canvas, axes, mark = toyplot.plot(
x, y, label="Vehicle Speed", xlabel="Time (US/Mountain)", ylabel="km/h",
width=600, height=300)
axes.x.ticks.show = True
axes.x.ticks.locator = toyplot.locator.Timestamp(timezone="US/Mountain")
```

Note that the hour in this data changed from 14:00 to 8:00, which makes more sense, since this data came from a morning commute. You could also specify a timezone of “utc” (the default) to explicitly document in the code that no timezone conversion is taking place. Finally, you may use “local” to automatically display the data using whichever timezone is local to the host running the code ... but be careful with this option, since it means that the the content of a figure could change based on where your laptop was when you generated it!

With timezones out of the way, let’s focus on the labels. The current
set is a little crowded, so let’s look at different ways to clean things
up. First, we can use the `count`

attribute to request that the
locator choose an interval that produces a specific number of ticks:

```
canvas, axes, mark = toyplot.plot(
x, y, label="Vehicle Speed", xlabel="Time (US/Mountain)", ylabel="km/h",
width=600, height=300)
axes.x.ticks.show = True
axes.x.ticks.locator = toyplot.locator.Timestamp(timezone="US/Mountain", count=5)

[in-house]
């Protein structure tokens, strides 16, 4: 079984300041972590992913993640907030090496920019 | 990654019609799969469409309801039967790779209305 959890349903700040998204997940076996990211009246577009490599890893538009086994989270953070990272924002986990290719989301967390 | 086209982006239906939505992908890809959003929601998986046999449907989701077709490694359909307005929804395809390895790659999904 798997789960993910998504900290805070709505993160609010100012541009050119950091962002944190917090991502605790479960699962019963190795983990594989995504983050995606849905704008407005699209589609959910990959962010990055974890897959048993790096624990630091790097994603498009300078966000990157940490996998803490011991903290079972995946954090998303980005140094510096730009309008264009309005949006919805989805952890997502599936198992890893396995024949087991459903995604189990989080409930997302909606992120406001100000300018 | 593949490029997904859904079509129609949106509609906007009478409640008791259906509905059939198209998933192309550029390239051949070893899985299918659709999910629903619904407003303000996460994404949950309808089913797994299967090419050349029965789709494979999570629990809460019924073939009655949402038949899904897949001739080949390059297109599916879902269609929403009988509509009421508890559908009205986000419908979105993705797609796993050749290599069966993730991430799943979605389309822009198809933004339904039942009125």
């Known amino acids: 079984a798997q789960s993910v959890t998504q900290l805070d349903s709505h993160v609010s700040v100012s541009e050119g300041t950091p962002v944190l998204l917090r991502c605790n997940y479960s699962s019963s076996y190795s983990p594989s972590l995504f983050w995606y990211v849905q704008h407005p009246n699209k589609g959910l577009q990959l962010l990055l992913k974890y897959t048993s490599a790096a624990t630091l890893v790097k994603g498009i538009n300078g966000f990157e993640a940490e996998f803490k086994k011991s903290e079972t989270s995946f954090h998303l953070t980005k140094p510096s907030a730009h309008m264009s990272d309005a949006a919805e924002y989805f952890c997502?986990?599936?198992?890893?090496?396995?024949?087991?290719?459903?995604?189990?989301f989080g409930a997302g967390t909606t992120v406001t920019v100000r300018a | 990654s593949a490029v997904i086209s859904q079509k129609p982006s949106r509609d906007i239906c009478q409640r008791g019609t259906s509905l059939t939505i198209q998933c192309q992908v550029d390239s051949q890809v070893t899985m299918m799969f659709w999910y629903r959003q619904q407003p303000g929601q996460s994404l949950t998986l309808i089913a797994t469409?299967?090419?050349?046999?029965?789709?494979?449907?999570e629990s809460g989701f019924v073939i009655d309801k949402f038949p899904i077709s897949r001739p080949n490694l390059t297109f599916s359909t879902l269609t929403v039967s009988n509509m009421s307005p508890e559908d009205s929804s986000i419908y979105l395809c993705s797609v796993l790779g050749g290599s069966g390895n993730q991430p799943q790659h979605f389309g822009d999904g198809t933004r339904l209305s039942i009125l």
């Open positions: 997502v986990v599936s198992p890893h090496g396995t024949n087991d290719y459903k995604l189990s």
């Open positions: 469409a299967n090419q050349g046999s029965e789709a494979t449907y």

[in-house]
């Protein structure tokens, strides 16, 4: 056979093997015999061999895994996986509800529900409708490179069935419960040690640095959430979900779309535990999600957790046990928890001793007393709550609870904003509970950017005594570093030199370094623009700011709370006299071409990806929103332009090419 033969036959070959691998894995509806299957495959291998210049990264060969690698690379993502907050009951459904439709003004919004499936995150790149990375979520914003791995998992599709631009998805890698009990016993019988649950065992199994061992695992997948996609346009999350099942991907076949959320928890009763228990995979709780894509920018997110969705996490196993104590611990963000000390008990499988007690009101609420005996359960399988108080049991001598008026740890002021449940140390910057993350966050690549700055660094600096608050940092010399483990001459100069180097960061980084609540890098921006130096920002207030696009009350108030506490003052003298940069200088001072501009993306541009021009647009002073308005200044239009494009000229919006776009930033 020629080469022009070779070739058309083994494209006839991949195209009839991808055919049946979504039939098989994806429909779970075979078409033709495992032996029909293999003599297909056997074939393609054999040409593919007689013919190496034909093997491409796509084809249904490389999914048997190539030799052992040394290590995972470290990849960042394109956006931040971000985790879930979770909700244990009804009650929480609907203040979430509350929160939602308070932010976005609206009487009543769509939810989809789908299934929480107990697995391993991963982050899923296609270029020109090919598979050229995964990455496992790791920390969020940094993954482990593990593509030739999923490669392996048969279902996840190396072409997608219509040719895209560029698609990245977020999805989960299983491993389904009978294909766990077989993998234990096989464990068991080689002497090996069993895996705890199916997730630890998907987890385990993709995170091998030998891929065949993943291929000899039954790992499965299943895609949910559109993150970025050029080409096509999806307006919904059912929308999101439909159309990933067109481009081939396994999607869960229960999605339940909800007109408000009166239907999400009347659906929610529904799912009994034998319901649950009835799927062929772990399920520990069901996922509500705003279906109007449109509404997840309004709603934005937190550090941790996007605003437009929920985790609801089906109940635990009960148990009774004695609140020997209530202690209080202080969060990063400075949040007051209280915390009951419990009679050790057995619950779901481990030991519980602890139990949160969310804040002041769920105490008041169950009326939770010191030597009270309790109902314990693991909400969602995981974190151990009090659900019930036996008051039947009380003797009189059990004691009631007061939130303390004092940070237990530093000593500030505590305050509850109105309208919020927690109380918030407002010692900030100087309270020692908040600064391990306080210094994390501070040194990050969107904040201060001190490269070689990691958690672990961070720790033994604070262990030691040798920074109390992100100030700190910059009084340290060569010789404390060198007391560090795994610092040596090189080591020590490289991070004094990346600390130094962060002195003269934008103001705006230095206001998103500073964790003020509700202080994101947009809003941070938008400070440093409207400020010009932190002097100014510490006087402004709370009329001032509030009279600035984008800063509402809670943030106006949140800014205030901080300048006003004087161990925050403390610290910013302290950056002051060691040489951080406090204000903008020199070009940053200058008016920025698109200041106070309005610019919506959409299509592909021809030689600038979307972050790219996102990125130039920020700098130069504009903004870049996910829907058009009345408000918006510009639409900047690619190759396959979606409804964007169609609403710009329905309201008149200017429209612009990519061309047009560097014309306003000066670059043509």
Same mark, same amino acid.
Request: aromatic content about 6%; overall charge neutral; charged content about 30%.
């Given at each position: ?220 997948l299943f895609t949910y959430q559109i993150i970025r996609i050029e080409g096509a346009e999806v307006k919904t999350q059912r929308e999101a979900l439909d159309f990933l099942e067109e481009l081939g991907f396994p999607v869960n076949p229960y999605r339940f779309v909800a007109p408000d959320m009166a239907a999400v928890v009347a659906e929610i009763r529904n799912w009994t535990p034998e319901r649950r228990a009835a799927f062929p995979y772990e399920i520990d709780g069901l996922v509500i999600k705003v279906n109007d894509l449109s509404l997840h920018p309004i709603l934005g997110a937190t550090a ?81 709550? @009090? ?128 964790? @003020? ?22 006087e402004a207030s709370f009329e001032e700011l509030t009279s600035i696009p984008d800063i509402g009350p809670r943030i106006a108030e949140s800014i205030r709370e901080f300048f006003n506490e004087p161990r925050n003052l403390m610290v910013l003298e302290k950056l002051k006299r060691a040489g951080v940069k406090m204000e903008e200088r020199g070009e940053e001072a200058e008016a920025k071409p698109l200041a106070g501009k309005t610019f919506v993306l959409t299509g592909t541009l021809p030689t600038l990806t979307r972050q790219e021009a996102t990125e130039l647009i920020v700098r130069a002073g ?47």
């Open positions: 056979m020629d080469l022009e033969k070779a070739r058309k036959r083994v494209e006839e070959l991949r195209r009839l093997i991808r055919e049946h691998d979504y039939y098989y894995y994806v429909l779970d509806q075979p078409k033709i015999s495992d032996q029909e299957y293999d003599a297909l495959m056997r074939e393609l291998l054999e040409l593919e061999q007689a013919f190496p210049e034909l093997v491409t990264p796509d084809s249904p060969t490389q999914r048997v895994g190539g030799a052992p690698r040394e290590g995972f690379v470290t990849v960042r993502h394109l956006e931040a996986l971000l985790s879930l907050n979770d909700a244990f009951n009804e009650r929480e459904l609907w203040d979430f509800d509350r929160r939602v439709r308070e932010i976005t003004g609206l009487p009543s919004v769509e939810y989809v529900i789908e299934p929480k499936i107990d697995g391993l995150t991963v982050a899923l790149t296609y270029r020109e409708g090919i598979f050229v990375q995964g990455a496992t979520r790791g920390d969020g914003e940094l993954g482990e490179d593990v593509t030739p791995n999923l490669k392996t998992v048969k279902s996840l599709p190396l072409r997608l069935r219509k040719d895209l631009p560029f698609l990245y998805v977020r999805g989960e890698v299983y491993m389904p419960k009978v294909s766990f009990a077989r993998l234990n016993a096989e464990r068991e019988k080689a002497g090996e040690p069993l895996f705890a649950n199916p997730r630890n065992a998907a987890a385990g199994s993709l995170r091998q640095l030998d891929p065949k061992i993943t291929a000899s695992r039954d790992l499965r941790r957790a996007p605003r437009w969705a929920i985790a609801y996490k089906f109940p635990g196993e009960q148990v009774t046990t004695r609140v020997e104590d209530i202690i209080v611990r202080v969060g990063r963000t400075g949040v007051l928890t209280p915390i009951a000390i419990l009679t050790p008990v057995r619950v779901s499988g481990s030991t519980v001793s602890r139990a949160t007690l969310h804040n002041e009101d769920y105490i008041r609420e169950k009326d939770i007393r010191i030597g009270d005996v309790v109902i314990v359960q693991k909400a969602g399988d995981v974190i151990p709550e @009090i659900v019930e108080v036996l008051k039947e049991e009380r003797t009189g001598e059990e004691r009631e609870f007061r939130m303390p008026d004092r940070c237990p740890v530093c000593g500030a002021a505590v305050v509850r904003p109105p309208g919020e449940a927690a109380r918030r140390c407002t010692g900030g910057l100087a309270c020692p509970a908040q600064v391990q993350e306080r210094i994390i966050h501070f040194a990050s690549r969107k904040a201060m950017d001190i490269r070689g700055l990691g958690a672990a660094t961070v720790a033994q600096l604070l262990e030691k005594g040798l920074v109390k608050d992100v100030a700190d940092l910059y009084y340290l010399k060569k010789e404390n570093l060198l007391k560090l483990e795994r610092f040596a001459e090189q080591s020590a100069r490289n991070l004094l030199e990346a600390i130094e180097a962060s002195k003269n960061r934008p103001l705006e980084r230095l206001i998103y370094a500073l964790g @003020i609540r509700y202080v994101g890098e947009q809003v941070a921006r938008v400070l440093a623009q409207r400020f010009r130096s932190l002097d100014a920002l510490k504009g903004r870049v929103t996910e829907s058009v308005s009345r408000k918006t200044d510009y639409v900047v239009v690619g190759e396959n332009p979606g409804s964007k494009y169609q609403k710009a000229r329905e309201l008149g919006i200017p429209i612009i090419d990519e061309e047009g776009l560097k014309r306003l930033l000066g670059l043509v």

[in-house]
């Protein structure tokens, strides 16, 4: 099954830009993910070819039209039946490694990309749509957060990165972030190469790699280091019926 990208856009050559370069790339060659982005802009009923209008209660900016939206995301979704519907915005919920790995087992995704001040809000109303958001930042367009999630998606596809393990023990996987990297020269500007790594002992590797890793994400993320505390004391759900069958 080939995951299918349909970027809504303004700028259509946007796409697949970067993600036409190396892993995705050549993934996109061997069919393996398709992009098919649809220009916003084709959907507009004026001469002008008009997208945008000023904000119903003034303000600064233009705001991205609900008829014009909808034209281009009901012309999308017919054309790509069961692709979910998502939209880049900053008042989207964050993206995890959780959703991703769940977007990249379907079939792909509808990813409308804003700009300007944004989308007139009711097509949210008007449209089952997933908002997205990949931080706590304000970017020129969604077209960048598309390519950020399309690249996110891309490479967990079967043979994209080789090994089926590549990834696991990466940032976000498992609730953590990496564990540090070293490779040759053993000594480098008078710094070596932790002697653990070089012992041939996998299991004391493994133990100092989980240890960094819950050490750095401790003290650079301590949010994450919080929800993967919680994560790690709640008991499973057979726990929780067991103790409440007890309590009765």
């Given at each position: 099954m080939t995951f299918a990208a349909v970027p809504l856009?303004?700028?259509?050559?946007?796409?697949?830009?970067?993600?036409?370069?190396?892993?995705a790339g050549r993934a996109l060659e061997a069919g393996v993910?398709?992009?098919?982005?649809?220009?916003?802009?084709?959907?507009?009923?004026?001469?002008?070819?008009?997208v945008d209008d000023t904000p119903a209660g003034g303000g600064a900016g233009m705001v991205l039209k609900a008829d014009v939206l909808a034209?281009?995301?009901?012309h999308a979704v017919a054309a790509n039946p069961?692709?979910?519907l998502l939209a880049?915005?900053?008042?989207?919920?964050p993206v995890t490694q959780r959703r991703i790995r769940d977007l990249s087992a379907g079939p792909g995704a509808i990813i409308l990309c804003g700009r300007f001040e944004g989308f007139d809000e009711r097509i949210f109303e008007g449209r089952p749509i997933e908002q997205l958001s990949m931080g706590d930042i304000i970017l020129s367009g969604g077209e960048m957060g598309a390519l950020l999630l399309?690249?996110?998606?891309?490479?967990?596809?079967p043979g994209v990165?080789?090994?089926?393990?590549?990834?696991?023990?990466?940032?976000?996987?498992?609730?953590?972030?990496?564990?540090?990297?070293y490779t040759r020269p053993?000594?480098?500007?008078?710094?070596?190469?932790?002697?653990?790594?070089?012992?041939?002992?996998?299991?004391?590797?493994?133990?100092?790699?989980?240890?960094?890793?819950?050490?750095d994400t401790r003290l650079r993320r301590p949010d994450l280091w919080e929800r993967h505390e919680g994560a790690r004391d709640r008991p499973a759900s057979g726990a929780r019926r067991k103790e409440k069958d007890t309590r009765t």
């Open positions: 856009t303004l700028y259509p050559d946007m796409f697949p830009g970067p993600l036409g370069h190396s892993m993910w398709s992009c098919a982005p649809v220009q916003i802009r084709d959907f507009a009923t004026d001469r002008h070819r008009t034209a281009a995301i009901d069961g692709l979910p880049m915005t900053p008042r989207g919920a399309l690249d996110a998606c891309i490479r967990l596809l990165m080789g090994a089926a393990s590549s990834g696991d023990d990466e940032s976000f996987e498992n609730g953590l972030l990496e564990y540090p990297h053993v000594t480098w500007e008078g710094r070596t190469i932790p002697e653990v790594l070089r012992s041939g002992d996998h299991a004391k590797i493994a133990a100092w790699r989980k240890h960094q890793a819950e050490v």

```

Note that in most cases the locator won’t produce the exact number of ticks requested (we got lucky in this case), it will choose an interval that produces the closest match.

Alternatively, we might choose to accept the default tick count and alter the tick format, to save space:

```
canvas, axes, mark = toyplot.plot(
x, y, label="Vehicle Speed", xlabel="Time (US/Mountain)", ylabel="km/h",
width=600, height=300)
axes.x.ticks.show = True
axes.x.ticks.locator = toyplot.locator.Timestamp(
timezone="US/Mountain", format="{0:HH}:{0:mm}")
```

The individual tick values are passed to the format function as
`arrow.arrow.Arrow`

objects, so you can use any of the arrow
attributes and formatting tokens in the format string, as we’ve done
here.

Or, we might force a specific interval if it had special meaning for our domain, such as the number of seven-minute workouts we could have completed during our commute:

```
canvas, axes, mark = toyplot.plot(
x, y, label="Vehicle Speed", xlabel="Time (US/Mountain)", ylabel="km/h",
width=600, height=300)
axes.x.ticks.show = True
axes.x.ticks.locator = toyplot.locator.Timestamp(
timezone="US/Mountain", interval=(7, "minutes"))
```